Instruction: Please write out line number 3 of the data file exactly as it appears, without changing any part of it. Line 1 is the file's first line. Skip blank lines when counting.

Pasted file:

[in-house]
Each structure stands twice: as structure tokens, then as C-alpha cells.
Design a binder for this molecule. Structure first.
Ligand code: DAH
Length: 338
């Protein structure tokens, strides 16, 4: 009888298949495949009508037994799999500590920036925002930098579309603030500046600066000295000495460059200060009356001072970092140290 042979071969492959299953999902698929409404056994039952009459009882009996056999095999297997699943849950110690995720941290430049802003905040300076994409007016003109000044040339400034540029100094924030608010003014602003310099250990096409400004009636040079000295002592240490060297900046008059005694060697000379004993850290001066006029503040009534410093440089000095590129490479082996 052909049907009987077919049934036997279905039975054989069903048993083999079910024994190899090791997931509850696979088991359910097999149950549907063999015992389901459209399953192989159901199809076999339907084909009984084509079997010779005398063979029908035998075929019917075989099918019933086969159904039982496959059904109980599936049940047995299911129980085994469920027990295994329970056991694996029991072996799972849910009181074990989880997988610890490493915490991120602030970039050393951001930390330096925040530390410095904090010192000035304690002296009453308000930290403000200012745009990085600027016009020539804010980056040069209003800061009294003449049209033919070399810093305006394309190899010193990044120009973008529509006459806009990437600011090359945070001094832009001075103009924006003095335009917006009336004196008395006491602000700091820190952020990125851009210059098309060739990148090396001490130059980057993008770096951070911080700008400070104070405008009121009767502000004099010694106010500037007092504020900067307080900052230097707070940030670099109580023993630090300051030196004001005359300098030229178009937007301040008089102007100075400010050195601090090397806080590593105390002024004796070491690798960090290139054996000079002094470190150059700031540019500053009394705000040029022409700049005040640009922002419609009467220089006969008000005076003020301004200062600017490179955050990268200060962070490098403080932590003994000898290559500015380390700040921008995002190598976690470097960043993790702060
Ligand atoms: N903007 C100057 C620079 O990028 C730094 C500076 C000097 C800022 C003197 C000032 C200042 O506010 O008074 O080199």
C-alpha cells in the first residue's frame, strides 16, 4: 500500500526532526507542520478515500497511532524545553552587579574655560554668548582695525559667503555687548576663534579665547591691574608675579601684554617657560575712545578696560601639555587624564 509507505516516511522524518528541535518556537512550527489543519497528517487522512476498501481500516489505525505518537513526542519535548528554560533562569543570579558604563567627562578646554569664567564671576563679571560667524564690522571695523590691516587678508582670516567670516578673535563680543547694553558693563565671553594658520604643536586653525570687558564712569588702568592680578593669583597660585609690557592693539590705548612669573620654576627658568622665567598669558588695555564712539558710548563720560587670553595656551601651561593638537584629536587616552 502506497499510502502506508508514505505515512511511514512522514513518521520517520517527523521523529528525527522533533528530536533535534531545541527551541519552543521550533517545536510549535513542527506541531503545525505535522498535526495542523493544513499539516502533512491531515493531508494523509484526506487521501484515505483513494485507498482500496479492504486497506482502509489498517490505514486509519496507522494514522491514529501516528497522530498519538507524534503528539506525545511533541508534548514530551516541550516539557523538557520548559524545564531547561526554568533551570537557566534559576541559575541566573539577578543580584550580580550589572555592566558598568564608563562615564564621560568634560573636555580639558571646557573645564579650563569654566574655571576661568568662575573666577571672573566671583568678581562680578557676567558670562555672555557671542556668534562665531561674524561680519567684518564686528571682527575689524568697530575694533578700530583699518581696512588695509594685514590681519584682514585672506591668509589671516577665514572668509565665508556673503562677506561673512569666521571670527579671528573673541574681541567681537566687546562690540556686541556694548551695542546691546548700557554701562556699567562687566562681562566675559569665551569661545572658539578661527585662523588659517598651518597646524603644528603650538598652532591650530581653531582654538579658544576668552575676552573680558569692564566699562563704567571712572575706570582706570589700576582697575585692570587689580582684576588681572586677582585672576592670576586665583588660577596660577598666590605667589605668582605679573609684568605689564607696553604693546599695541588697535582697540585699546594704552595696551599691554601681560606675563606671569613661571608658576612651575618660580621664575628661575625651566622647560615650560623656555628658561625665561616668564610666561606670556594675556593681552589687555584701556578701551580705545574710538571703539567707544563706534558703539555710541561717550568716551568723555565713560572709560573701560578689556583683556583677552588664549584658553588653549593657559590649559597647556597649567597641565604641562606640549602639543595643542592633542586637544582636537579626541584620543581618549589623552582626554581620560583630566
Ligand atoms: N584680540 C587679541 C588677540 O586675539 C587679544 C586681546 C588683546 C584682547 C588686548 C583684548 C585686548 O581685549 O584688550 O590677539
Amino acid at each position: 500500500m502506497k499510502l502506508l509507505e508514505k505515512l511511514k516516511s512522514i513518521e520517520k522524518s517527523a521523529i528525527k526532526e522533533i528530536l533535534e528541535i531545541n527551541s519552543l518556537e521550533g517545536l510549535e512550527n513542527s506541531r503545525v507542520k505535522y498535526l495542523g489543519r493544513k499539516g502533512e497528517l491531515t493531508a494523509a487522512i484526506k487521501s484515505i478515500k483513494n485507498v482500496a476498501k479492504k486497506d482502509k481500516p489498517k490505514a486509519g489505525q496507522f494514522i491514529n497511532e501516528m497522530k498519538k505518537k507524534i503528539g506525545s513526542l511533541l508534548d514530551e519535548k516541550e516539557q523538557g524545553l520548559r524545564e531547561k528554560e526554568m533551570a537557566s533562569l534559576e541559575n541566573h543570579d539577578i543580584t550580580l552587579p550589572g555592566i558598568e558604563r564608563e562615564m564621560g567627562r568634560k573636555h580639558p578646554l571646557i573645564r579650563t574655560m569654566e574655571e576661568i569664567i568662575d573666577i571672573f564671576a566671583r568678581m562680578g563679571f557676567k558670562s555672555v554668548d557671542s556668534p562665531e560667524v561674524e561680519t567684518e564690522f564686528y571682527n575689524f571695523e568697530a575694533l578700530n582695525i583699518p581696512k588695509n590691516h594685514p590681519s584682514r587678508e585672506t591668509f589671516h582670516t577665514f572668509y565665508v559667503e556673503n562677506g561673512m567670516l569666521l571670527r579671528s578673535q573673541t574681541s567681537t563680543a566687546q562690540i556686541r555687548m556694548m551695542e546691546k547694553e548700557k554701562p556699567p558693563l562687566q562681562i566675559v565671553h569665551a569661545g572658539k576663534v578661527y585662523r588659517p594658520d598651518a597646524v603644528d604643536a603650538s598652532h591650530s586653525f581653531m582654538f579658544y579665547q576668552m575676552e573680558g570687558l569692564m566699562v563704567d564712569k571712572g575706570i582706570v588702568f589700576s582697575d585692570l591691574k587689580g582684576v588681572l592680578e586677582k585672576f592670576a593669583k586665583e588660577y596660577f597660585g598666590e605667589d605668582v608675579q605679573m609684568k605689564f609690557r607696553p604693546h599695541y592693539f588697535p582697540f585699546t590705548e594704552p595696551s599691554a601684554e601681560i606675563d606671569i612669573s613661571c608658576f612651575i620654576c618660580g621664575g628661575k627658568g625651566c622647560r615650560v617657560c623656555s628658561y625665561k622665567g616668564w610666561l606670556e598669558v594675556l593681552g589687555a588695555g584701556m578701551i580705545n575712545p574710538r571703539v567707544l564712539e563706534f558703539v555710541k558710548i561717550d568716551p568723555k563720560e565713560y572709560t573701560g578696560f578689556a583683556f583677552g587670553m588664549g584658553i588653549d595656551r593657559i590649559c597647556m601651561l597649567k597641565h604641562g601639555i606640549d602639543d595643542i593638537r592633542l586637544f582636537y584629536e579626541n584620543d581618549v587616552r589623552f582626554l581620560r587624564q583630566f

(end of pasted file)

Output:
Design a binder for this molecule. Structure first.